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The Second Circuit vacated defendant's conviction of charges related to his involvement in an insider trading scheme where he provided material, nonpublic information to his father. At issue was the so-called "silver platter statement," where defendant purportedly told his father that he expected his father to invest based upon information to which defendant had access through his work as an investment banker. The court held that excluding the father's post-arrest FBI interview was not harmless. In this case, defendant should not have been precluded from impeaching the silver platter statement. The court held that, because the impeachment material might have undermined the silver platter statement in the eyes of the jury, it risked leaving the government with a substantially weaker case as to defendant's intent such that a guilty verdict would be far from assured. View "United States v. Stewart" on Justia Law

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The Second Circuit affirmed defendant's conviction for conspiring to engage in racketeering in violation of the Racketeer Influenced and Corrupt Organizations Act (RICO). The court held that the government was not precluded from using acquitted substantive offenses as racketeering predicates in the second RICO conspiracy charge; the government was not precluded from using acquitted non-RICO conspiracy offenses as racketeering predicates in the second RICO conspiracy charge; and the district court properly admitted evidence from the first trial because the evidence was used for different, non-precluded purposes in the second trial. The court also held that the district court did not err by allowing a transcript that identified defendant as the speaker to serve as a jury aid with respect to the properly-admitted recording, and in allowing the transcript to be reviewed by the jury during its deliberations. Finally, the court rejected defendant's claim of cumulative error. View "United States v. Zemlyansky" on Justia Law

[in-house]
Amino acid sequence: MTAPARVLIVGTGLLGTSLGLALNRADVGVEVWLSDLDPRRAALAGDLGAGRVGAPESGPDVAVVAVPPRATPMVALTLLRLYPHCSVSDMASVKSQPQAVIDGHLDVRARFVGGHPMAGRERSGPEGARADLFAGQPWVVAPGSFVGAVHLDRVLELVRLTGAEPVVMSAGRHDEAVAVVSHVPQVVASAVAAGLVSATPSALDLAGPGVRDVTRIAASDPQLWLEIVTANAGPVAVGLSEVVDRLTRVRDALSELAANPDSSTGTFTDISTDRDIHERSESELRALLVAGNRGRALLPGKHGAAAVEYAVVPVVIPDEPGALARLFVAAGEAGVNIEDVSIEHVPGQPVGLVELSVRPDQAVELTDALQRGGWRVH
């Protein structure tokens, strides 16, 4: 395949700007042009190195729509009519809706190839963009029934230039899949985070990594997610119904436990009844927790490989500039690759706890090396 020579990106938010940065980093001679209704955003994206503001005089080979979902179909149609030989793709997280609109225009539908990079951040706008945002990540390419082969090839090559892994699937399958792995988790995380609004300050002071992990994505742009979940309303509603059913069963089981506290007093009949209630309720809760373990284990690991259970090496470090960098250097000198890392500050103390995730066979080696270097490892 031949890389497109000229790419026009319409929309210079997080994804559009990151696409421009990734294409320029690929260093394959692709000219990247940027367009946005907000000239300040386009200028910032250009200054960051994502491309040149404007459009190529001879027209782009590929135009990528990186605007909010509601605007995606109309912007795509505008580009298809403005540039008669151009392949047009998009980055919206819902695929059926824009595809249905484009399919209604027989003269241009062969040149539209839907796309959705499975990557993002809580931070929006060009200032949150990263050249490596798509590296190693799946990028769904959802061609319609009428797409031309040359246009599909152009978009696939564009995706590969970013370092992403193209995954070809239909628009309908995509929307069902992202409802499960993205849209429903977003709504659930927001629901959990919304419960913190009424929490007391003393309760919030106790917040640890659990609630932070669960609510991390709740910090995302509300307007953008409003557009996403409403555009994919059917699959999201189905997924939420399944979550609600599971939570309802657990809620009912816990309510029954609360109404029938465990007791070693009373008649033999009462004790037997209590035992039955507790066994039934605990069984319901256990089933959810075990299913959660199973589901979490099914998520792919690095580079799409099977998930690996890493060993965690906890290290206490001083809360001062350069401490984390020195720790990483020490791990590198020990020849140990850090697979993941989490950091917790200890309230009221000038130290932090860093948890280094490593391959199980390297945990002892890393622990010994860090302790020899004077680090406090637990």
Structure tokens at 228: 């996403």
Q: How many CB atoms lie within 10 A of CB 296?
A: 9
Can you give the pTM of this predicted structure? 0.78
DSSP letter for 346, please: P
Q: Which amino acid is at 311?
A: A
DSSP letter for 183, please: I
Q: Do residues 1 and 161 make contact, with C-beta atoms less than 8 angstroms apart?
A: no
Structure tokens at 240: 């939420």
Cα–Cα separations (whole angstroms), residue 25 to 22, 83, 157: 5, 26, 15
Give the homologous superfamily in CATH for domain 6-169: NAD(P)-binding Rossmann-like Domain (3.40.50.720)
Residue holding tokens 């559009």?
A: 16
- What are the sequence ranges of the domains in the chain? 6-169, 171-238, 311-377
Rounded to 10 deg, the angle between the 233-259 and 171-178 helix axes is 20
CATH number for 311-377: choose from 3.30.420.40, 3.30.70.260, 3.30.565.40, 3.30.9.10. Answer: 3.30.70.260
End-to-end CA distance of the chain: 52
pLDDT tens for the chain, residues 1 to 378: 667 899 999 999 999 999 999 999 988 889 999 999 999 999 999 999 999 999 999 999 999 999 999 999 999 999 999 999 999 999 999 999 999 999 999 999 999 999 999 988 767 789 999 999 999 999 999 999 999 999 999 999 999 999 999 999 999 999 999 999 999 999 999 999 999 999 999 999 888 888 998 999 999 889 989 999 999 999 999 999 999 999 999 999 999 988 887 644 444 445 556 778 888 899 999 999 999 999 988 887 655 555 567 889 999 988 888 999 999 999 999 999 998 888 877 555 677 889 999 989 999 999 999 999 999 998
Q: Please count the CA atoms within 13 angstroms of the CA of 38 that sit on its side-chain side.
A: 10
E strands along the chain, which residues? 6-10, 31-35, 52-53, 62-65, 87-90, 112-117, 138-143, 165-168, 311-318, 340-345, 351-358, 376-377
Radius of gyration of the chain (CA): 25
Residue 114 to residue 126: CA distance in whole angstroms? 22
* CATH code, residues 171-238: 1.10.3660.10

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The Second Circuit affirmed defendant's sentence issued on remand, holding that the district court effectively complied with the court's instruction to significantly reduce defendant's sentence and the sentence was now within the realm of reasonableness. In this case, defendant pleaded guilty to sexual exploitation of children and receipt of child pornography, and was originally sentenced primarily to 30 years in prison and a lifetime of supervised release. After remand for resentencing, the district court disagreed with the court's analysis but found that defendant's exemplary record as an inmate justified a reduction to 25 years. View "United States v. Sawyer" on Justia Law